Organized groups who have invested everything in declaring homosexuality as sinful, the most egregious sin in the canon, the one on whose basis the churches stand or fall, do not intend for these dialogic spaces to remain open. Not even when they enter the dialogue with fulsome assurances that what they are really all about is saving souls, expressing pity for poor, misguided gays who do not realize that our drug use, promiscuity, and loneliness are all due to our refusal to admit that we are sinners standing in the need of repentance.

Keep asking for honest, respectful dialogue that takes your experience as a gay believer into consideration, and allows you to define the meaning of that graced experience as freely as other Christians are allowed to discern the Spirit in their lives, and they'll eventually tell you to move on. Just move on. Join the Episcopalians. Don't expect any honest and respectful hearing here, though we do love you and have all the pastoral concern in the world for you! And we're all about promoting Catholic ("here comes everybody") values and letting you know you are not authentically Catholic because we really care about what being Catholic means.

Those entering conversations about the pastoral approach of the church to gay persons with a gay-bashing intent don't intend to listen respectfully to gay voices and gay experiences, because they have already predetermined that the only voice and experience that count is theirs. They enter the conversation with a total lack of respect for the human beings they claim to be led by the Spirit to save.

It is very important—it is the most crucial thing in the world—for some Christians today, that they retain the right to define their gay brothers and sisters, and to exclude them from the Christian community, even while professing pastoral concern for these sinful brothers and sisters. And that is what is going to continue to happen in dialogue spaces about the churches' pastoral response to gay persons, until Christians of the center make it their business to challenge the dishonest and uncharitable behavior of their anti-gay brothers and sisters.

Or until LGBT persons simply walk away from the churches altogether—which is the real agenda of these anti-gay groups, no matter how much they express pastoral concern for their gay brothers and sisters. And which totally undermines the claim of their churches to be about God, love, compassion, communion, catholicity, etc.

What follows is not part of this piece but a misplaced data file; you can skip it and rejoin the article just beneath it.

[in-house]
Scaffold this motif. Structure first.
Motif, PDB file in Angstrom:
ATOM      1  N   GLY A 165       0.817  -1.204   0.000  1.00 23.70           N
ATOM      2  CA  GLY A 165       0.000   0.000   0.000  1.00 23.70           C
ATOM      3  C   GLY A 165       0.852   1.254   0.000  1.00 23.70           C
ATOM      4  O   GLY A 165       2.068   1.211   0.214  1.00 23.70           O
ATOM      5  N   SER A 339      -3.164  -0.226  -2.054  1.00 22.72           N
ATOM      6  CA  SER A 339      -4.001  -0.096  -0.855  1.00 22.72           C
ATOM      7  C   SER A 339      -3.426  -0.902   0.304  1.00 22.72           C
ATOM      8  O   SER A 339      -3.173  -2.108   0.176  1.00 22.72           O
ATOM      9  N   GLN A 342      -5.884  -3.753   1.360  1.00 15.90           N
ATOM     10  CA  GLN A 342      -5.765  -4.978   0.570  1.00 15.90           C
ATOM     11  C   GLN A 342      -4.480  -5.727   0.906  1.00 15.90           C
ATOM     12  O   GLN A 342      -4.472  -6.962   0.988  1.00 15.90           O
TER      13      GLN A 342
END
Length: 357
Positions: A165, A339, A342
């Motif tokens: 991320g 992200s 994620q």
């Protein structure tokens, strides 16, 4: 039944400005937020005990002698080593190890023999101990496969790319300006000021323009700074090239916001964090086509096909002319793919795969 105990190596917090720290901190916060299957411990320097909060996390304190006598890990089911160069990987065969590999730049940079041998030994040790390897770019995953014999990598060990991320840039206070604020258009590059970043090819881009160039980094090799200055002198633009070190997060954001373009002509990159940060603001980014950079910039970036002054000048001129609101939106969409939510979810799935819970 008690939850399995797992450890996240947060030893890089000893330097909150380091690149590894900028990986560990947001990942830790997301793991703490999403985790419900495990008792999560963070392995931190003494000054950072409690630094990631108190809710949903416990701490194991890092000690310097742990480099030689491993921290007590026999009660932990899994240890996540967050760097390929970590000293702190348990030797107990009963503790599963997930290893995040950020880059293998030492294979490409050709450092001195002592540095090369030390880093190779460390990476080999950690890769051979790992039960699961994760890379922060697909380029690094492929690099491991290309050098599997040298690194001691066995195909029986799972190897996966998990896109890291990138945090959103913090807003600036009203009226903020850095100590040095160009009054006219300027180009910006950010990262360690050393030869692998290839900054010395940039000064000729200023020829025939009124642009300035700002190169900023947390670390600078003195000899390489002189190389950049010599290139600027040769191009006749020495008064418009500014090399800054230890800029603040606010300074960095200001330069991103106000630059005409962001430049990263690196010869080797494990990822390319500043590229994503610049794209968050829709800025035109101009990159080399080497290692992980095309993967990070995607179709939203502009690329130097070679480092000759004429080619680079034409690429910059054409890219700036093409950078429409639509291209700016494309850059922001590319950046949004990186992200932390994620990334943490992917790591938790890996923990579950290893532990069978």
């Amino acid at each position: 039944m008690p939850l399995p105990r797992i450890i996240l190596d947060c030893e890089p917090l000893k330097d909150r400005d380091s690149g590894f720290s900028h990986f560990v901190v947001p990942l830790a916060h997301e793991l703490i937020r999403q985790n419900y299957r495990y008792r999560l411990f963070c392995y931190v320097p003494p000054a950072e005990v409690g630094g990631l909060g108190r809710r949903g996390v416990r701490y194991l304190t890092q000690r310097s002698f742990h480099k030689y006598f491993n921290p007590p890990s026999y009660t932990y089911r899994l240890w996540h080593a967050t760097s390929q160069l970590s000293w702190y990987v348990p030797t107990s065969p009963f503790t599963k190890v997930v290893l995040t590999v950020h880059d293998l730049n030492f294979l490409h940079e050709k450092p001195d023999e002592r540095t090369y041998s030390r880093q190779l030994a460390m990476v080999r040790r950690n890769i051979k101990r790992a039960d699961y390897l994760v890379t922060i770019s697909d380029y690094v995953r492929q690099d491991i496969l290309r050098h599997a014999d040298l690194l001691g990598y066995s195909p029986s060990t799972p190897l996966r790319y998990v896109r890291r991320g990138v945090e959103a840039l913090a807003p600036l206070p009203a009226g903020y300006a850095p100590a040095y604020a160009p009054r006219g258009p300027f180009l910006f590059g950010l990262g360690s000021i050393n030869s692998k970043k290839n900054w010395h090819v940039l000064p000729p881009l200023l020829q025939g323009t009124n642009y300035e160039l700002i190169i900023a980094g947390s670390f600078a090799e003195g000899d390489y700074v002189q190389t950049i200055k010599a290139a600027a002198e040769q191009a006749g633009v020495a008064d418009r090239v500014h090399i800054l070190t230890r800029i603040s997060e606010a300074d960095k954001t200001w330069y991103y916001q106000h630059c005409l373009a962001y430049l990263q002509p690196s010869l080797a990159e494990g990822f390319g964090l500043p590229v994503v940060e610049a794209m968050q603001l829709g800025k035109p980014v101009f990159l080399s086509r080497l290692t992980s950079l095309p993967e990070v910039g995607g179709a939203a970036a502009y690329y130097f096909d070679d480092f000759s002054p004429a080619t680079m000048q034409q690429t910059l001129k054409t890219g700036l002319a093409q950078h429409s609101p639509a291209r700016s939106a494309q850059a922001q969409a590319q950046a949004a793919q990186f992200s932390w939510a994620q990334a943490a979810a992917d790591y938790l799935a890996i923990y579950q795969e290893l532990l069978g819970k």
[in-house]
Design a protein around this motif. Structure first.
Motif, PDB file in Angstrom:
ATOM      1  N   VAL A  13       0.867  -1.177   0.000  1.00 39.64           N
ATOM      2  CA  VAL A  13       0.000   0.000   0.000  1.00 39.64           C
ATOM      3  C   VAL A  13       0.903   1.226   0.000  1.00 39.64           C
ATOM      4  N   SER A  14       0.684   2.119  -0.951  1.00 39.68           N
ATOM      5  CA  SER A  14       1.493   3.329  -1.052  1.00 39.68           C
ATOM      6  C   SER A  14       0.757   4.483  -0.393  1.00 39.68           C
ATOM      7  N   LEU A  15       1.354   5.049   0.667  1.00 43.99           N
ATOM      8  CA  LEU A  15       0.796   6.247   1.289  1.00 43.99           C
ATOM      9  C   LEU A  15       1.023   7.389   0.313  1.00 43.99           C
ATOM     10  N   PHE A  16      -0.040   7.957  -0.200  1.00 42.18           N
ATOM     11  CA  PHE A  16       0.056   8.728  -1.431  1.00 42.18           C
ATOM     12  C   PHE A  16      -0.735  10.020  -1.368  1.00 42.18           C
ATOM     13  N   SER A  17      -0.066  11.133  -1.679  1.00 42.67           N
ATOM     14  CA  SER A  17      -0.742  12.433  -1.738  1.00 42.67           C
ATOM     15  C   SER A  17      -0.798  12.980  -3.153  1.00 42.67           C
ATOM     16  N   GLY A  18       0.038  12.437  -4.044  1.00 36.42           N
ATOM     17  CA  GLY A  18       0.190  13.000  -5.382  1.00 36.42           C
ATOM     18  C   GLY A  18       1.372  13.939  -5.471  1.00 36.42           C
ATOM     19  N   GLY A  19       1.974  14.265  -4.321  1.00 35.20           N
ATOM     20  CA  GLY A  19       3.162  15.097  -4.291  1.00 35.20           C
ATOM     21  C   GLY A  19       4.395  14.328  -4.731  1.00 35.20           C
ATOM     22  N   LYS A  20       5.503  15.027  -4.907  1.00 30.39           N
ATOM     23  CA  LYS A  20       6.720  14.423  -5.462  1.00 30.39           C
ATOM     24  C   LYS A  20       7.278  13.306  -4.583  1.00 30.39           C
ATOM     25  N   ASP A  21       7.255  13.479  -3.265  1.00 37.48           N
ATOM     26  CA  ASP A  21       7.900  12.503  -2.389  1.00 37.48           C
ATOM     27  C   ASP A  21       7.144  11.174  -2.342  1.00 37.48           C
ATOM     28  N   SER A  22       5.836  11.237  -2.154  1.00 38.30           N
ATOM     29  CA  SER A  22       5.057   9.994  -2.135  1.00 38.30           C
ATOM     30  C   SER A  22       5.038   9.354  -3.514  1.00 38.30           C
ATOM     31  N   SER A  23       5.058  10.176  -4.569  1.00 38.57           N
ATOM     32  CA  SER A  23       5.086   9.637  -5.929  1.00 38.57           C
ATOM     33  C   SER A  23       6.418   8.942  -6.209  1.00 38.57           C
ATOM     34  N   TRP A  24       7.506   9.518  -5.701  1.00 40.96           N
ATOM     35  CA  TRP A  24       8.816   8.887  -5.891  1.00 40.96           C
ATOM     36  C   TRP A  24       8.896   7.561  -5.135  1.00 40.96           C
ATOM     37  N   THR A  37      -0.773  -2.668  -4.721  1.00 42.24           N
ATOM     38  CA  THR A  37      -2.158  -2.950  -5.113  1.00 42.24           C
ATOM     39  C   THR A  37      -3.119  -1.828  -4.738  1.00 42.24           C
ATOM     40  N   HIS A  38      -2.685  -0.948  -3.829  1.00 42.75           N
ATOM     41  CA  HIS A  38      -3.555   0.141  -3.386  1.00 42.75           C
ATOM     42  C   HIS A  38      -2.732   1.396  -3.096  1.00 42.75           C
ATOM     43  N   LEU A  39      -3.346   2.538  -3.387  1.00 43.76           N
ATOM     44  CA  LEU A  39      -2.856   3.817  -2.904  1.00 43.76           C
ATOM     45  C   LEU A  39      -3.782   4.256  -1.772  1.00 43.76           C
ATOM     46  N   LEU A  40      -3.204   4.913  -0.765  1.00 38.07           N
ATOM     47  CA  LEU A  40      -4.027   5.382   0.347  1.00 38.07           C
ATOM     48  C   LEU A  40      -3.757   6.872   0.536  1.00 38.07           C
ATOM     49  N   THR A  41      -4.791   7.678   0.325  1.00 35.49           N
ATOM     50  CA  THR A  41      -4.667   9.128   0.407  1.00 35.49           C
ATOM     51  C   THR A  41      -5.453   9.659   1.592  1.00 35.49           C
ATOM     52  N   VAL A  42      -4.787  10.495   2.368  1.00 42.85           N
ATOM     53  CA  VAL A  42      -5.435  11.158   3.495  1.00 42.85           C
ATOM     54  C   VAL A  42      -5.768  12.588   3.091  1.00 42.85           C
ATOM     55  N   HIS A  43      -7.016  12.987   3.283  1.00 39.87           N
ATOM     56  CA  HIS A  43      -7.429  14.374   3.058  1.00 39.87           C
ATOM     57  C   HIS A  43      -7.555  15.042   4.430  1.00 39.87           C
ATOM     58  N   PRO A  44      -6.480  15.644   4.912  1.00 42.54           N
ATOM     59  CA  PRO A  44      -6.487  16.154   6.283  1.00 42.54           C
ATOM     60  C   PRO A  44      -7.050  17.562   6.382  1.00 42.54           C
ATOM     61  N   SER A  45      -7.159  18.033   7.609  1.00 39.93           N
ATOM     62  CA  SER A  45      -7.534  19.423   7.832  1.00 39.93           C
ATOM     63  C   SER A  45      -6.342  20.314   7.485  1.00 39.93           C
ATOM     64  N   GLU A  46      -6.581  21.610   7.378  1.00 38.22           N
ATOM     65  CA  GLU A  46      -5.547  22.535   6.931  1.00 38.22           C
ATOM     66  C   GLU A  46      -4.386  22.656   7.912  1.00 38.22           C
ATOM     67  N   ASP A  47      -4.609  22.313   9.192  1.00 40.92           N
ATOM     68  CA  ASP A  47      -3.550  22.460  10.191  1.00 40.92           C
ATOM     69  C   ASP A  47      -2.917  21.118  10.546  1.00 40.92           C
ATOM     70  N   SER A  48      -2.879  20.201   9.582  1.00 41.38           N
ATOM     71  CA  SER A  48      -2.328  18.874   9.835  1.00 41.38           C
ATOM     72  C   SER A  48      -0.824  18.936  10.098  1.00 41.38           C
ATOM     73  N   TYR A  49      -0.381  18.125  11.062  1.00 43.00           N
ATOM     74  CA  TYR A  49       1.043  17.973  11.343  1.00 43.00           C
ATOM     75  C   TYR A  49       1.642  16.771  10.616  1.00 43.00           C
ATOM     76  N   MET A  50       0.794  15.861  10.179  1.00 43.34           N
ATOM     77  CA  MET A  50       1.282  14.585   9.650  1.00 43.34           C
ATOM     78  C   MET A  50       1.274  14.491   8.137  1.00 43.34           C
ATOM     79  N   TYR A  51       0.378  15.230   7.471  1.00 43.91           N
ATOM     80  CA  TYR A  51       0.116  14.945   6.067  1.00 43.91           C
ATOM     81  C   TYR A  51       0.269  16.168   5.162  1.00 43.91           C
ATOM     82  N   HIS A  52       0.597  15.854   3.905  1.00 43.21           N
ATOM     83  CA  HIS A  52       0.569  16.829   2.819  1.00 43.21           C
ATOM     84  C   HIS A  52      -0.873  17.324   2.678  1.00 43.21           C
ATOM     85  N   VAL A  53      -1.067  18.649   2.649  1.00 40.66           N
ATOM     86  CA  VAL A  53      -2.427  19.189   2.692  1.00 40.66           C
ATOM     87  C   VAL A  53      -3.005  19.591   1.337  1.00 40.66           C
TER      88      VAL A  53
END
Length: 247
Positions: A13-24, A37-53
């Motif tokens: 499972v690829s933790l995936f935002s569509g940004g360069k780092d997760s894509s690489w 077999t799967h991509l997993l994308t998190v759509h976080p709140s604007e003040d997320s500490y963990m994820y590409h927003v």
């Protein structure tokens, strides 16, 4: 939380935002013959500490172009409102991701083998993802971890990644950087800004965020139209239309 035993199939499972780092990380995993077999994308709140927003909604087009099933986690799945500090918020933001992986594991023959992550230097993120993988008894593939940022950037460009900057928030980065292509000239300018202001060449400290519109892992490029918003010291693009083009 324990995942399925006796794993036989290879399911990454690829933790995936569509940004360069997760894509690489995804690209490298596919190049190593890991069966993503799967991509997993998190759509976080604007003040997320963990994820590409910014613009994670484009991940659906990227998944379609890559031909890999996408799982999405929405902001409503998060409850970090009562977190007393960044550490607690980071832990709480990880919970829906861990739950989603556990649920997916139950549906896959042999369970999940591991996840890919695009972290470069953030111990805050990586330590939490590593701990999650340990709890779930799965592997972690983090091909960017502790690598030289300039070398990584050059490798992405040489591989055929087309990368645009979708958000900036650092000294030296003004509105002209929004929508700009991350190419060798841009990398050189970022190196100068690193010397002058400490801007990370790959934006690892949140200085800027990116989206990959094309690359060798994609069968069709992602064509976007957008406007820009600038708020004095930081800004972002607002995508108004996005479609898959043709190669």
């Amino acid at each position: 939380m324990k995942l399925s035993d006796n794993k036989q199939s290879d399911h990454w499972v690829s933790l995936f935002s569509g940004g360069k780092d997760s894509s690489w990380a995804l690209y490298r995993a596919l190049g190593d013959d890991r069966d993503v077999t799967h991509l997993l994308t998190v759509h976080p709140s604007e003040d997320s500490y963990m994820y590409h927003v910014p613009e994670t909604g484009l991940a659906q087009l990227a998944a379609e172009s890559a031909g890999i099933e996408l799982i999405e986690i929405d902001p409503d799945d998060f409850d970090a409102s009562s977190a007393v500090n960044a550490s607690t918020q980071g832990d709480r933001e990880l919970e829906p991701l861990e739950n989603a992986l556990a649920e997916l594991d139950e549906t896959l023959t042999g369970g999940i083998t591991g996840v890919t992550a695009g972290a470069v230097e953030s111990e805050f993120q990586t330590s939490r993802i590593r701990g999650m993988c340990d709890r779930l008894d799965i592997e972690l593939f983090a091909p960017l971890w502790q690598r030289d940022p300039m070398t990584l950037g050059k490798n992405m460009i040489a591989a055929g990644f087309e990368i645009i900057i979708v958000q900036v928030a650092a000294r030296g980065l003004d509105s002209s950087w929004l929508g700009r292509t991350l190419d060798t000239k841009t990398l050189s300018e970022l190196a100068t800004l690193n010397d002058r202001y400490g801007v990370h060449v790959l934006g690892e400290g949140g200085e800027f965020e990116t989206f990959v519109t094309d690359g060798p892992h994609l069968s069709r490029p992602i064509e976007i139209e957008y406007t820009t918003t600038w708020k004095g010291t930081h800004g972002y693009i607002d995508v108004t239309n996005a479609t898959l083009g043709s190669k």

Addendum, 9:30 A.M.: a perceptive reader of this blog has helped me, in an email exchange, too recognize that I need to clarify what I mean when I keep talking about the fence-sitting and silence of centrist Catholics. As this reader notes, many good Catholics are involved in activities to counter the homophobia in the church, and it's impossible to know about all of these, since people don't always choose to act by writing letters or blog postings, but in other ways.

And that's a significant point. I don't by any means want to overlook all of this activity. I know it's going on, and that, for example, quite a few Catholics in Maine worked long and hard during that recent battle to offset the church's homophobia.

My critique is really focused on what I sometimes call the intellectual elite of American Catholicism, on some leading moderately liberal American Catholic bloggers and journalists who remain utterly silent in the face of the church's savagery towards its gay members, or worse, who defend the church's treatment of LGBT persons. These folks have voices that count, and could have an influence, if they chose to speak out. They and the sector of the American Catholic church they represent—well-educated, well-represented in professional circles in important cultural and demographic centers in the U.S.—also do not, in my experience, have significant problems with the use of artificial contraception. Yet even though the same moral norm used to forbid that practice is the norm used to bash gay Catholics, they remain silent about the gay-bashing, and about the disparity between how the church treats its gay members and its straight members using contraception.